Below: The idea for founding a nonsectarian university under Jewish auspices was not new in 1948 when it became a reality. The notion of naming the university for Justice Louis D. Brandeis also was not new, but dated back at least to 1931, when Abraham Sakier of New York wrote to the justice about his plan to establish a secular institution named “Brandeis University.” Brandeis discouraged any further action and ultimately Sakier dropped his plan. Opposite: As early as 1924 Brandeis began donating books from his personal library to the University of Louisville, laying the foundation for specialized collections. Letters between officials of the university and Brandeis were exchanged over many years, with Brandeis providing both publications and the resources for their upkeep. The law school at the University of Louisville was renamed the Louis D. Brandeis School of Law in 1997. Brandeis chose the law school as his final resting place.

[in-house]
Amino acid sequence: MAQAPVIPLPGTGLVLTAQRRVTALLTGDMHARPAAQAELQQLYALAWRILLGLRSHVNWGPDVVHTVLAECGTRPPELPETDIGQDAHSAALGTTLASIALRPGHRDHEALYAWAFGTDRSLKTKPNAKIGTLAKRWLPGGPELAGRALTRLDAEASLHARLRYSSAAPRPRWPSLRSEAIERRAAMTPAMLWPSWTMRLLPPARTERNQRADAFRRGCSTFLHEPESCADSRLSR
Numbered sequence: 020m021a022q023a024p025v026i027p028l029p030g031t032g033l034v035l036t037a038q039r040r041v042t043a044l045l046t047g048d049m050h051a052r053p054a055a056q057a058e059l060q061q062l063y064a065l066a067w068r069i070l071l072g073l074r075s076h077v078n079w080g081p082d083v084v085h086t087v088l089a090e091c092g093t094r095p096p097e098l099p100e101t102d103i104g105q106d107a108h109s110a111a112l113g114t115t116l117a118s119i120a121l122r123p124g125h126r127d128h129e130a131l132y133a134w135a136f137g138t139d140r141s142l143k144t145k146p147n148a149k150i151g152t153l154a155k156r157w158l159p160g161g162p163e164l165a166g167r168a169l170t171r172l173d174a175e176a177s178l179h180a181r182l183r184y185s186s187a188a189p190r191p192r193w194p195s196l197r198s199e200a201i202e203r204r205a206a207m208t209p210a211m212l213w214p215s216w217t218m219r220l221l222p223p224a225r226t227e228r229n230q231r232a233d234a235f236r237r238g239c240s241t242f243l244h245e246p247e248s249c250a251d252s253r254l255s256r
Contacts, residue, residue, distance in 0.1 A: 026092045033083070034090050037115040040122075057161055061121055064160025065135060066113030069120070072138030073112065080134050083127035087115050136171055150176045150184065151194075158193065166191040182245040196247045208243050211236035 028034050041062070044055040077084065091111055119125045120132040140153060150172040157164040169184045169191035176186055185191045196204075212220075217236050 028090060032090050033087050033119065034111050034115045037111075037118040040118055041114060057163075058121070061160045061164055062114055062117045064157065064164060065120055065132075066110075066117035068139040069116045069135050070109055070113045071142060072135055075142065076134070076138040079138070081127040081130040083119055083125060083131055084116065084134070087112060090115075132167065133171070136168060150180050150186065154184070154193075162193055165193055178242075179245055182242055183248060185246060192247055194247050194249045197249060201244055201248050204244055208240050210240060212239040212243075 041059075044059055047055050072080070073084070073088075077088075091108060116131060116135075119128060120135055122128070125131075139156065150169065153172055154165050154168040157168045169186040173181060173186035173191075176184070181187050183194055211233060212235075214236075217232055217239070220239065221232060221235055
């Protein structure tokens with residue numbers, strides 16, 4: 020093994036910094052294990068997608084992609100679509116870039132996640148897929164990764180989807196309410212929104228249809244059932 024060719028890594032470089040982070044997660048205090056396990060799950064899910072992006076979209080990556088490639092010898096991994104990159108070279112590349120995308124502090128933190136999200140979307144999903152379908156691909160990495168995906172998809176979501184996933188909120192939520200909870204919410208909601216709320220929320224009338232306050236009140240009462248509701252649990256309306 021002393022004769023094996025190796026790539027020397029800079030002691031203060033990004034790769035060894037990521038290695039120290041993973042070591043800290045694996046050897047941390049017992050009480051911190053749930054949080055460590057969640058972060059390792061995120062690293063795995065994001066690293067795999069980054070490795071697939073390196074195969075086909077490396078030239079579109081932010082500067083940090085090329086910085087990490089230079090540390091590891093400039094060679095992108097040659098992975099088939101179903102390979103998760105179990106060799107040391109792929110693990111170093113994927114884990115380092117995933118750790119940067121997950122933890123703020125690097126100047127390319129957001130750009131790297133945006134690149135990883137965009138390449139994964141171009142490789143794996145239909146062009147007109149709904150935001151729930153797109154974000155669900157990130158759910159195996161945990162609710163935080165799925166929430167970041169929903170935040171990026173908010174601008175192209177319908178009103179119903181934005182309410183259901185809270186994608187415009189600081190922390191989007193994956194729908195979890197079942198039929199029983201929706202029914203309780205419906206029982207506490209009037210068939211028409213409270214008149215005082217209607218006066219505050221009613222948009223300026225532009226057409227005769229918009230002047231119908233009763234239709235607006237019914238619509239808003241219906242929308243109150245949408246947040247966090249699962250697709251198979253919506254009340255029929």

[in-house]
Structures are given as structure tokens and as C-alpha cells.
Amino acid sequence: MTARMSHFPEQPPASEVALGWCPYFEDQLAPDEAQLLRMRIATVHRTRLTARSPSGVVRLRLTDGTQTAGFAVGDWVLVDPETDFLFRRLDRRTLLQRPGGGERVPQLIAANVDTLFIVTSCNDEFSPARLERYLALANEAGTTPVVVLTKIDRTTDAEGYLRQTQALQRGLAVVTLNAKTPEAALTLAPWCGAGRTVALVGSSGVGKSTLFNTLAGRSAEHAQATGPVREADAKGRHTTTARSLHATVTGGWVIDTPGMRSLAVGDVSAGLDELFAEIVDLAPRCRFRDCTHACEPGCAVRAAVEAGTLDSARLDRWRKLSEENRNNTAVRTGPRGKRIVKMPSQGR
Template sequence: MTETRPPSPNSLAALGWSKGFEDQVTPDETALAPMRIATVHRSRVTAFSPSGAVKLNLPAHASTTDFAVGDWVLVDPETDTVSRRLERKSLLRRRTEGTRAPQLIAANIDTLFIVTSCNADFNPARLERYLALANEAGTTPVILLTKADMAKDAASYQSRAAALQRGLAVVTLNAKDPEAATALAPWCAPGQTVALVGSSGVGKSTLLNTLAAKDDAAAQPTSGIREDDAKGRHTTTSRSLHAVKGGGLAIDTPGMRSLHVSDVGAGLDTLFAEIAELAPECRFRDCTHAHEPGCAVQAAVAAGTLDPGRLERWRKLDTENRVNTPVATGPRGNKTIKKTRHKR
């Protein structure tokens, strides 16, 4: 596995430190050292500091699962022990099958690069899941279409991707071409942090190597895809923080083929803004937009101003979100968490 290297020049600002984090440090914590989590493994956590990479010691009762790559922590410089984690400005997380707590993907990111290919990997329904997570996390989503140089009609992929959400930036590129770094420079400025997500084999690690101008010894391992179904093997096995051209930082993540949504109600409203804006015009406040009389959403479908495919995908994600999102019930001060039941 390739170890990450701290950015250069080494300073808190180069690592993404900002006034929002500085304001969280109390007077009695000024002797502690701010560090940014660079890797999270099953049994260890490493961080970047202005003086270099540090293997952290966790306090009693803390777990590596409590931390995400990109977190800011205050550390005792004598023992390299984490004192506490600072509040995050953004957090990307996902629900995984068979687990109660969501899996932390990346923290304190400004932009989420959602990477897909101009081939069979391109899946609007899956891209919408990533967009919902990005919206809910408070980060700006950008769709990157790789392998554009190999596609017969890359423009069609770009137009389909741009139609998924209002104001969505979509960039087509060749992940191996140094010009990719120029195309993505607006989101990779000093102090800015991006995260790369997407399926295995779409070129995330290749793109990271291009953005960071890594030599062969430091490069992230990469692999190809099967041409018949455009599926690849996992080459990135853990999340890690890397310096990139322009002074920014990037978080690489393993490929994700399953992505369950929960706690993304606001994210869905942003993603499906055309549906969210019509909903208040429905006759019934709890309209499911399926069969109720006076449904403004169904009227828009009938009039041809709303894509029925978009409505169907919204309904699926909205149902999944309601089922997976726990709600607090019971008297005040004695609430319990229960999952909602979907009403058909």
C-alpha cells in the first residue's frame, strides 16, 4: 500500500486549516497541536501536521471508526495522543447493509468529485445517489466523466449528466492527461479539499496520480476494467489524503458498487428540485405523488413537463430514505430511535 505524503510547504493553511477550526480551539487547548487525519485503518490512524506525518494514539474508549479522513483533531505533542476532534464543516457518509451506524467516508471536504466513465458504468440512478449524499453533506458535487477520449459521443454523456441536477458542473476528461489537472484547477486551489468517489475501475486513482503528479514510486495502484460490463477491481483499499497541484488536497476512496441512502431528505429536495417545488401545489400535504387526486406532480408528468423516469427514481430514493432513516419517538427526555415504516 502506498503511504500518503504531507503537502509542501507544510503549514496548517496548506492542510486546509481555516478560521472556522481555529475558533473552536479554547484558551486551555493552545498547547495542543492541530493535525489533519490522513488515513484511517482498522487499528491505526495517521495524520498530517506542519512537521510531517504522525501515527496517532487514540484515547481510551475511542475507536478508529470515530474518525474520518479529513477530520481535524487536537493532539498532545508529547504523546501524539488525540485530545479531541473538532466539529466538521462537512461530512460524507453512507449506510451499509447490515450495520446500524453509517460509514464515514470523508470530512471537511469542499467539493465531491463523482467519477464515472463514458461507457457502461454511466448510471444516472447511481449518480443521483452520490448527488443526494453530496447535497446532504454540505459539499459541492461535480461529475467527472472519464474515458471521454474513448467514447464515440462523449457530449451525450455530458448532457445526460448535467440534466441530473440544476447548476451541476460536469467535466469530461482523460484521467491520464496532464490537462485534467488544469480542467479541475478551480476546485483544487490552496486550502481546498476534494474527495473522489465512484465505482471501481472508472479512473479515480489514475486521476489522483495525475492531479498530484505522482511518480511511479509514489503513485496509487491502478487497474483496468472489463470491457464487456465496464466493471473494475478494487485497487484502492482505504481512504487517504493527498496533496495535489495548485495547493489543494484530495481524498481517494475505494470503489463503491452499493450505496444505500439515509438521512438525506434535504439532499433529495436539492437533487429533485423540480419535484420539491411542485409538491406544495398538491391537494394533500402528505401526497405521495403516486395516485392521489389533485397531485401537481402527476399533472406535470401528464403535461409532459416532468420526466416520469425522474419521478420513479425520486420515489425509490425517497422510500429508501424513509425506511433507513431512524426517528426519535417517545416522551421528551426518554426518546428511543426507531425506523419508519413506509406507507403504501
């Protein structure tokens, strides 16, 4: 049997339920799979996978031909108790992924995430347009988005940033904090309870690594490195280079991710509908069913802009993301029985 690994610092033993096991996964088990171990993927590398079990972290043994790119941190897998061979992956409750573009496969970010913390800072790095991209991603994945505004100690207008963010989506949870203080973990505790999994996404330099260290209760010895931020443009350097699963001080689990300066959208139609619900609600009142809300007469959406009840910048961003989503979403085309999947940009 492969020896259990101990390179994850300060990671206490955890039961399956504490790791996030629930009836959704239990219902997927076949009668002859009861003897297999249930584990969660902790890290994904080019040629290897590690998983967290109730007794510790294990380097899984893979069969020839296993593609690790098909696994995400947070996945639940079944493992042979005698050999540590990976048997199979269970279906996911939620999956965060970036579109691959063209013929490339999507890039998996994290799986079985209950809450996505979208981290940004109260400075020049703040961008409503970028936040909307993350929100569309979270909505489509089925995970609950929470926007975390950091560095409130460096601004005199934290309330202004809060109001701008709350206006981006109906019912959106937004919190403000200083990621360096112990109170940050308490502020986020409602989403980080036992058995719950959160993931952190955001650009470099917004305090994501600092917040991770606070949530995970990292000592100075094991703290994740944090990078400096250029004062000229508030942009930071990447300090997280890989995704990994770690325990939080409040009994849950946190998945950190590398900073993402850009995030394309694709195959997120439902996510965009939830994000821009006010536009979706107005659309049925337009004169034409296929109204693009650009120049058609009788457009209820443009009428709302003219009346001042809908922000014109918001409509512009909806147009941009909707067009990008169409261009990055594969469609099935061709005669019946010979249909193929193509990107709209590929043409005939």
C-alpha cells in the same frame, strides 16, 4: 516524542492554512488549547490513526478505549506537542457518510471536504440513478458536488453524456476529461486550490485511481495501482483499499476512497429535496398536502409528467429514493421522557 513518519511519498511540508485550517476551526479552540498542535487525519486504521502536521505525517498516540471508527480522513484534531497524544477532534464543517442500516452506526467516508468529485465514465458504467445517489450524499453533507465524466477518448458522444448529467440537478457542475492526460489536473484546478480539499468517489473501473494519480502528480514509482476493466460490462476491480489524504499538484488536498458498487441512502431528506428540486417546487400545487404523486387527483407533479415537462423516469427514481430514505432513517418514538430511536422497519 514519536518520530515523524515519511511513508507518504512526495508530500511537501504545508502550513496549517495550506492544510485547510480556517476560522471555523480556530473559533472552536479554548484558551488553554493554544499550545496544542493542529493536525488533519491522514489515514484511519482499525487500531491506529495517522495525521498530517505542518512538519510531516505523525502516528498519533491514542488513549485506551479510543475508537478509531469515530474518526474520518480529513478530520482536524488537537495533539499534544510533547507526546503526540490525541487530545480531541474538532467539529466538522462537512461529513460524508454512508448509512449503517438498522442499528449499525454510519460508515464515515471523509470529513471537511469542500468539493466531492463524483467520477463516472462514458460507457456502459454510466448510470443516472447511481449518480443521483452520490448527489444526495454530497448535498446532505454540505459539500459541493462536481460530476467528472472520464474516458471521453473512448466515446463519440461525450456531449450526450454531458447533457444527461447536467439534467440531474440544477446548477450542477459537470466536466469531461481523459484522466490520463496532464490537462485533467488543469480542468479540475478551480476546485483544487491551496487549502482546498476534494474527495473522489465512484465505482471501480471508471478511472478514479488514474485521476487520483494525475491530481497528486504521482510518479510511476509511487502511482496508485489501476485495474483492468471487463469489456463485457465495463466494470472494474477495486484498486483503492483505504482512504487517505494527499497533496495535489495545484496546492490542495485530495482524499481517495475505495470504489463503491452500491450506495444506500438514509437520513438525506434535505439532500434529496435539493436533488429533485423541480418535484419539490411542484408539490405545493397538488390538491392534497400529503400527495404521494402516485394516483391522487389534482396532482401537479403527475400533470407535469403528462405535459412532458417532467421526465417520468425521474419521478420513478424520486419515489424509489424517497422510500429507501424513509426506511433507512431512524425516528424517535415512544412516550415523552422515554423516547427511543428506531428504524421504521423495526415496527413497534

and the following year its law publication became the Brandeis Law Journal. True to Brandeis’s values, the University of Louisville was one of the first law schools in the country to require its students to engage in public service. In 1931 Brandeis got a letter from Abraham Sakier, a New York Zionist with ties to Palestine. Recalling a meeting with Brandeis eight years earlier, Sakier proposed the founding of a secular Jewish university named “Brandeis University” for the justice, citing the difficulties that Jewish scholars, teachers, and students often encountered at American universities. In his letter, Sakier described Brandeis as “the greatest Jew in the history of this country.” He then proposed the establishment of the Brandeis University Association, with himself as head.